Today's special guest is author JoJo Tabares.
A Day in the Life of Chronic Illness Blogger JoJo Tabares
by JoJo Tabares
I feel called to support and uplift the chronically ill and, as irony would have it, chronic illness makes that a bit complicated. Having several chronic conditions can put a damper on your focus, limit your energy, and in my case, also compromise your fingers. More on that in a minute.
After falling in and out of the night’s insomniatic slumber and prayer time, this writer’s day starts with coffee, the magic elixir of clarity and cognition. It takes me several hours to make it out of my medicated sleep stupor, so I hop on Facebook for some daily humor and writing inspiration.
I love to create memes that speak to the lighter side of chronic illness as well as many other topics. I’ve been known to poke fun at social media and Facebook etiquette plays a recurring role. After satisfying my giggle quota, I share a few fun meme’s I created on my personal wall and on my Life Beyond Surviving Facebook group.
The rest of the day is a hodgepodge of chaos where my writing plays a sporadic and varied part in between housework and doctor appointments. My writing these days takes two forms. One feels almost like dictation where my fingers fly and very little editing is needed. The other feels more like a brain dump of ideas followed by weeks or months of rewriting, editing, and/or staring at a title through brain fog so thick I can hardly remember my own name.
The two biggest issues I face as a writer with chronic illness is fatigue and tremors in my hands that make it difficult to write, type, and edit. However, I’m a resilient sort and I live in an age of technology, so I have found some work arounds.
For many years, the only way I could write was on a notebook with a purple pen. As you may have noticed from my picture, purple is my favorite color. When I could no longer read my own writing, I began typing my articles and that’s when I discovered my talent for creating memes. Essential tremor is a degenerative condition and I’m slowly coming to the point where I will need to dictate my thoughts into a voice activated app. I do that now when I text and respond to social media via my phone.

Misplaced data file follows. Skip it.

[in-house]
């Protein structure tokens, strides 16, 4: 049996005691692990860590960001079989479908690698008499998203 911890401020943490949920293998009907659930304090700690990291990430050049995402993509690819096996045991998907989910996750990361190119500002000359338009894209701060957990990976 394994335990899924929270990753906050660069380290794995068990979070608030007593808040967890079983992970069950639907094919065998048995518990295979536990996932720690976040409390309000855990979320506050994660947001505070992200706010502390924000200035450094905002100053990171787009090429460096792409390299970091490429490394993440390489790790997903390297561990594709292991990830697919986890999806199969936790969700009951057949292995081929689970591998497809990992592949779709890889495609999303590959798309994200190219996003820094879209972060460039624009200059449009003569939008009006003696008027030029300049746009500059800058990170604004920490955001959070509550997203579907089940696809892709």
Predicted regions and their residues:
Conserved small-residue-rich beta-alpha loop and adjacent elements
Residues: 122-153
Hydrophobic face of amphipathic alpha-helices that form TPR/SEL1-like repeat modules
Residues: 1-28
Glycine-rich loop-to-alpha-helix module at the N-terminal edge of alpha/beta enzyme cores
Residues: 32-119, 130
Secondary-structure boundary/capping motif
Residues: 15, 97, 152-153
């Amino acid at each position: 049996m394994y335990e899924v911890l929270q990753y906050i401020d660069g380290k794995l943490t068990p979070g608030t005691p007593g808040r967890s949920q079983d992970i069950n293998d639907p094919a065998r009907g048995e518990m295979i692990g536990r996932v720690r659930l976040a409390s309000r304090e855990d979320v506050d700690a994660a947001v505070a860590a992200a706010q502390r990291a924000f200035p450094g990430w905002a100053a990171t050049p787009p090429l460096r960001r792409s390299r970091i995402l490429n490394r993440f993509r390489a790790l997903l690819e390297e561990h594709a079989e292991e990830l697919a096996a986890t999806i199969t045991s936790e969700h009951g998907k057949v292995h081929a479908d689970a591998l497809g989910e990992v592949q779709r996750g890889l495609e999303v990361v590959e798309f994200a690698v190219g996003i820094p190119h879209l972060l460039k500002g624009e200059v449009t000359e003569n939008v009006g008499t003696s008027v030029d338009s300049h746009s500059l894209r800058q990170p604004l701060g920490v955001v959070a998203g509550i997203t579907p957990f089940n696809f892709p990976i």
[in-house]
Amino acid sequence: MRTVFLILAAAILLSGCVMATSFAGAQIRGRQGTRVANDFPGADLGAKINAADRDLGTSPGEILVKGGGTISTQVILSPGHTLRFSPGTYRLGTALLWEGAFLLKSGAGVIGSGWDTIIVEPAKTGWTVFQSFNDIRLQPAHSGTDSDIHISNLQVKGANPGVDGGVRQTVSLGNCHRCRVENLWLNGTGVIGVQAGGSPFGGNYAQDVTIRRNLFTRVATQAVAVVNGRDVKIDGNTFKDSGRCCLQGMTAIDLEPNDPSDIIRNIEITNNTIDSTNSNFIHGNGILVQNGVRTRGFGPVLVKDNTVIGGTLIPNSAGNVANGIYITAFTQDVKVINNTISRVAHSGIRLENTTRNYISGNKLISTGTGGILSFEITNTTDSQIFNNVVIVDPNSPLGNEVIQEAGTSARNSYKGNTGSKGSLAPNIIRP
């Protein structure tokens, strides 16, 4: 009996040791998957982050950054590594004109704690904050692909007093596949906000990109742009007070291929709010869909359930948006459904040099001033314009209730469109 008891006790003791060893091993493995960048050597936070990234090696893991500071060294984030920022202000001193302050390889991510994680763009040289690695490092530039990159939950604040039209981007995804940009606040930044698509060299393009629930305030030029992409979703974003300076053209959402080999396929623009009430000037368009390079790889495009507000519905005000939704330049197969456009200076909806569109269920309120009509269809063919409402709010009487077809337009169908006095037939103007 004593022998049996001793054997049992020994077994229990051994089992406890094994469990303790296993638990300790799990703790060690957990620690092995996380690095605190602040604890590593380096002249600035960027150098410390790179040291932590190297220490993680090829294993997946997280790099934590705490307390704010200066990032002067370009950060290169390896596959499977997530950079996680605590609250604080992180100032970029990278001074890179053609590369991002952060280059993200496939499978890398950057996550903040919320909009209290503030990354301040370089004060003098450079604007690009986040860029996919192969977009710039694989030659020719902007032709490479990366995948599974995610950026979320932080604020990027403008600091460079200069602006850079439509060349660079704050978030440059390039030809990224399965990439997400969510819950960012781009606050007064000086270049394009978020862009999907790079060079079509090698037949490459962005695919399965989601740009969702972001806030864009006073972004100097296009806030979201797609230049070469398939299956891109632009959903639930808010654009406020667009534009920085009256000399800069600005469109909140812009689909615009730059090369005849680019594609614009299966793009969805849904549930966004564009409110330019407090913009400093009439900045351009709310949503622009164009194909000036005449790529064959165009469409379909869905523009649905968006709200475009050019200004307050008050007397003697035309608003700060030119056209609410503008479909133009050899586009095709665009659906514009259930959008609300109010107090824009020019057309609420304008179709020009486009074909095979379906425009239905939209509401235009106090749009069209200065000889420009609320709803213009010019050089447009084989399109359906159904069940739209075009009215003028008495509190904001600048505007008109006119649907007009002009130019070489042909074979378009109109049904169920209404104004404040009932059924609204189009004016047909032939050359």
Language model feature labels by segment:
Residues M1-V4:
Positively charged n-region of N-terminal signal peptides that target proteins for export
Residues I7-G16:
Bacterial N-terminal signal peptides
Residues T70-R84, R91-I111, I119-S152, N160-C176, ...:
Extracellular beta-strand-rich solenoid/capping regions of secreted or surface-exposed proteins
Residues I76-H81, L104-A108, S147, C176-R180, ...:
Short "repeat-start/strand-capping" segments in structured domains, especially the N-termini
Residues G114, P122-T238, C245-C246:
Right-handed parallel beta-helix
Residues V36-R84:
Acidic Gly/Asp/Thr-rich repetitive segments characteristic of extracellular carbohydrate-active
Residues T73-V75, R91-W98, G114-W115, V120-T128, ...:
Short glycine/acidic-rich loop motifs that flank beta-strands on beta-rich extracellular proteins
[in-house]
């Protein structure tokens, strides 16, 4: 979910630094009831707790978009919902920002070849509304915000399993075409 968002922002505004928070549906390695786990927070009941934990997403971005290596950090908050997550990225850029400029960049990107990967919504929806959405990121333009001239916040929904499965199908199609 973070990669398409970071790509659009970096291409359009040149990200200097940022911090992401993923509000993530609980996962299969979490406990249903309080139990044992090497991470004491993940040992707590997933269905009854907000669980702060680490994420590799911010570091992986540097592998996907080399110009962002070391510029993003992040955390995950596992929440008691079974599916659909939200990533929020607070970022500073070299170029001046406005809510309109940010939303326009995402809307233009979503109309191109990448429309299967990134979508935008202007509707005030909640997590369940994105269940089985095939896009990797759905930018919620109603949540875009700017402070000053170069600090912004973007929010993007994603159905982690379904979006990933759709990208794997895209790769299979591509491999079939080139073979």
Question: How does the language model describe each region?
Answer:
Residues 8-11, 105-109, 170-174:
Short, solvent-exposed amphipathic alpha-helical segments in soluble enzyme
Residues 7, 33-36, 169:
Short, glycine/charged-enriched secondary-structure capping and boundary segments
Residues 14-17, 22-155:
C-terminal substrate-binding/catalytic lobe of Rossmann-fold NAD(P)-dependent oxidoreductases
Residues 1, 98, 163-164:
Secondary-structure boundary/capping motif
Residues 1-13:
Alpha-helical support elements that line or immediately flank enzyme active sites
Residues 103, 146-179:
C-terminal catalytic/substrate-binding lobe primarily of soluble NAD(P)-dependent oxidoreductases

Another adaptation I’ve had to devise is a plan for my other major chronic illness issue: brain fog. As you might imagine, sleep deprived and fatigued is no way to work your brain. It’s hard to put two thoughts together when you’re running on half brain cell wattage at best.
I have found that having the TV on as background noise helps me focus. I know, sounds counter intuitive, but it works for me. When I’m in writing mode, that works for me, but when I’m especially brain befuddled, I switch gears and work on creating more JoJoisms (my humorous and sometimes insightful one-liners about life) in visual format using an app called Canva.
When I can no longer function, I give myself permission to veg out. Once I’ve had an hour or a day…or a week to get over a Fibromyalgia flare, I start the chaos all over again. I never know how much I’ll get done in a day, but as long as I’m moving forward, it’s progress. I have a lot to say. My body just has a lot of say over how much I say in any given day.
www.LifeBeyondSurviving.com and runs a Facebook group by the same name. She’s been diagnosed with several chronic illnesses/conditions, but she sees the humor and joy in just about everything and shares how others can find the light God has INSIDE the chronic tunnel.
What a delightful post! I too have chronic illnesses that make life (in general) and creating (in particular) an iffy situation. Growing older seems to exacerbate those nuisance illnesses, but coping by laughing at myself and writing humorous/inspirational books helps!
Thanks for a look into your life.
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